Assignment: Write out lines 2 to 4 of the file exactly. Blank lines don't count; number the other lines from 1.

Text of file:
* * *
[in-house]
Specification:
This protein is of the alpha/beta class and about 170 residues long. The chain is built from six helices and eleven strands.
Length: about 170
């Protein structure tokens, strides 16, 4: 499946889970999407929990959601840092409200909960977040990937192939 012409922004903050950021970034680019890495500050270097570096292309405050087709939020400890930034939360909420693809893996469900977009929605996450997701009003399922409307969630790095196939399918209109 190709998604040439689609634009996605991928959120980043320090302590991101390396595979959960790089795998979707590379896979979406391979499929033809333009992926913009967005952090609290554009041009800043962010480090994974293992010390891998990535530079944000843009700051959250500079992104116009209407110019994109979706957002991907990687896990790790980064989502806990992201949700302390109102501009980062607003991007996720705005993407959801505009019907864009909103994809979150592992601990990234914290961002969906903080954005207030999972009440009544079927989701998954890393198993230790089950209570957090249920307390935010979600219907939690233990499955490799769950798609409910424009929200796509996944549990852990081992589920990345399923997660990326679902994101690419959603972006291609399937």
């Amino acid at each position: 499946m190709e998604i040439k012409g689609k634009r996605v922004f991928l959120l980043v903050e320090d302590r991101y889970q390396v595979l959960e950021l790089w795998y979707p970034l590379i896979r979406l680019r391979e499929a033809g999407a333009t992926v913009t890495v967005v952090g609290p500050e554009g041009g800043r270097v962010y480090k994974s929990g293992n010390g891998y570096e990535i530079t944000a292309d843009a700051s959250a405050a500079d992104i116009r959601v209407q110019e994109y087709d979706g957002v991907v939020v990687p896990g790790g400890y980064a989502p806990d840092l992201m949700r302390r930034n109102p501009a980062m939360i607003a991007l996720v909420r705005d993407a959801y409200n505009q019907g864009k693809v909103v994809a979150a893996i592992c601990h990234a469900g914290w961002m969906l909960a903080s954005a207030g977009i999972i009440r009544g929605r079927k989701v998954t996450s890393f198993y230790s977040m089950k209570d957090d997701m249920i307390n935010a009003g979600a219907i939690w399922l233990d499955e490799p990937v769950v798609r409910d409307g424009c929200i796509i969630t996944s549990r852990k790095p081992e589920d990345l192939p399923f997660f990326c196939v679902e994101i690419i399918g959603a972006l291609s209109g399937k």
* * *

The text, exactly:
Specification:
This protein is of the alpha/beta class and about 170 residues long. The chain is built from six helices and eleven strands.
Length: about 170